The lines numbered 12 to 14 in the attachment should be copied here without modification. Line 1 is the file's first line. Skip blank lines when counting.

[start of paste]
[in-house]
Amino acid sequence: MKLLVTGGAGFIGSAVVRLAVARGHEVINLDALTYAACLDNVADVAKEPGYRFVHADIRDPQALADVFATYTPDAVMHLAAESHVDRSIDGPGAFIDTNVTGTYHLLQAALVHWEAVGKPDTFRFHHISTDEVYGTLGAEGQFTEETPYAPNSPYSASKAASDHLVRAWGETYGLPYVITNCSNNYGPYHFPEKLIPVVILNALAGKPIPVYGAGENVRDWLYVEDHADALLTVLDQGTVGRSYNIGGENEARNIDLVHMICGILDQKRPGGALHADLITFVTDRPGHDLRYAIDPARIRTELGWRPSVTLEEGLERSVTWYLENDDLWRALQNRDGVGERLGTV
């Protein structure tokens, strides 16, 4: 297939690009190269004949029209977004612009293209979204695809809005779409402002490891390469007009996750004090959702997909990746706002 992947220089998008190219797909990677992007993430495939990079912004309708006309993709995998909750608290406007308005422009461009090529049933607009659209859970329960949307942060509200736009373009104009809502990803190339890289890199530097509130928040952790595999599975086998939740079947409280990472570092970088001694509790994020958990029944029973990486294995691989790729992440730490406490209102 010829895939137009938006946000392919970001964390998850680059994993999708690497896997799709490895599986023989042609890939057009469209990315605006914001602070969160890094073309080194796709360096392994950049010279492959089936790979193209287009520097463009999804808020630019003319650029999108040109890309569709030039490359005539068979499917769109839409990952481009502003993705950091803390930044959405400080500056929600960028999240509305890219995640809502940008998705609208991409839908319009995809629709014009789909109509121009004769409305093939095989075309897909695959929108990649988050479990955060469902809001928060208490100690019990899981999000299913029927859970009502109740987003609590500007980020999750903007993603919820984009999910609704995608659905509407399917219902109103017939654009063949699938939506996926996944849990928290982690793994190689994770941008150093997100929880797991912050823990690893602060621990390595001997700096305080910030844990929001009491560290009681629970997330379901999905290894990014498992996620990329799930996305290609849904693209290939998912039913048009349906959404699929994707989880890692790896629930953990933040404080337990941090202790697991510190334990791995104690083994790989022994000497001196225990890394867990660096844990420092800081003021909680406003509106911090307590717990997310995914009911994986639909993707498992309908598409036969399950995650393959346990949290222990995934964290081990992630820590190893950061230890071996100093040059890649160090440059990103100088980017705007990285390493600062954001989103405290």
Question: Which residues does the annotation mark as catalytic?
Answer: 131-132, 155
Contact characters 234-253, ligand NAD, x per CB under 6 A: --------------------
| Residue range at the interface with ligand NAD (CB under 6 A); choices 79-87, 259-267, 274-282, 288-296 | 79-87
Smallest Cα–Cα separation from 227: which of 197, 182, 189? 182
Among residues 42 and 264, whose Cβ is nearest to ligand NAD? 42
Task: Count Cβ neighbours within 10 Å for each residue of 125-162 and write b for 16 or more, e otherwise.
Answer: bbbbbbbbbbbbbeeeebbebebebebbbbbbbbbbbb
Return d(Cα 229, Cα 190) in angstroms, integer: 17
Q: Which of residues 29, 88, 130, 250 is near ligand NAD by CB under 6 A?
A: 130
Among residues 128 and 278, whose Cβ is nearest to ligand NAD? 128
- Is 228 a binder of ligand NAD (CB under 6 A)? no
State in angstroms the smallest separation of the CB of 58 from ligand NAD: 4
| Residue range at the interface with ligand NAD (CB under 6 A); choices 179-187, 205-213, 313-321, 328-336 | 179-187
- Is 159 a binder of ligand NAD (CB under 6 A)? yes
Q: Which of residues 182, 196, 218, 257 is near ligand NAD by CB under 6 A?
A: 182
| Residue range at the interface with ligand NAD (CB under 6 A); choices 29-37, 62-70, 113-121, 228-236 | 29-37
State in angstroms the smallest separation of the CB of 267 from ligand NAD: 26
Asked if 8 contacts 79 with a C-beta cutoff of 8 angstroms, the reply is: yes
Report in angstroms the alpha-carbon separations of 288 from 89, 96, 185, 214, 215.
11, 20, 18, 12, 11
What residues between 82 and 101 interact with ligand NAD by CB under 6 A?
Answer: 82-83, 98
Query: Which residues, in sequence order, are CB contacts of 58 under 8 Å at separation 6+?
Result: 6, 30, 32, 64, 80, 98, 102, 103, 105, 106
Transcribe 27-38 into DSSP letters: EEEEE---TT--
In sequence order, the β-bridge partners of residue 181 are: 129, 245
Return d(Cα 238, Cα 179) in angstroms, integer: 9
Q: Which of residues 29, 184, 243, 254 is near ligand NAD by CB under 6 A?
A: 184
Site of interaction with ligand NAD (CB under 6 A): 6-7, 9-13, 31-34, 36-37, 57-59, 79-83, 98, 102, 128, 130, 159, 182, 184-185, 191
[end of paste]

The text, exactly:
Return d(Cα 229, Cα 190) in angstroms, integer: 17
Q: Which of residues 29, 88, 130, 250 is near ligand NAD by CB under 6 A?
A: 130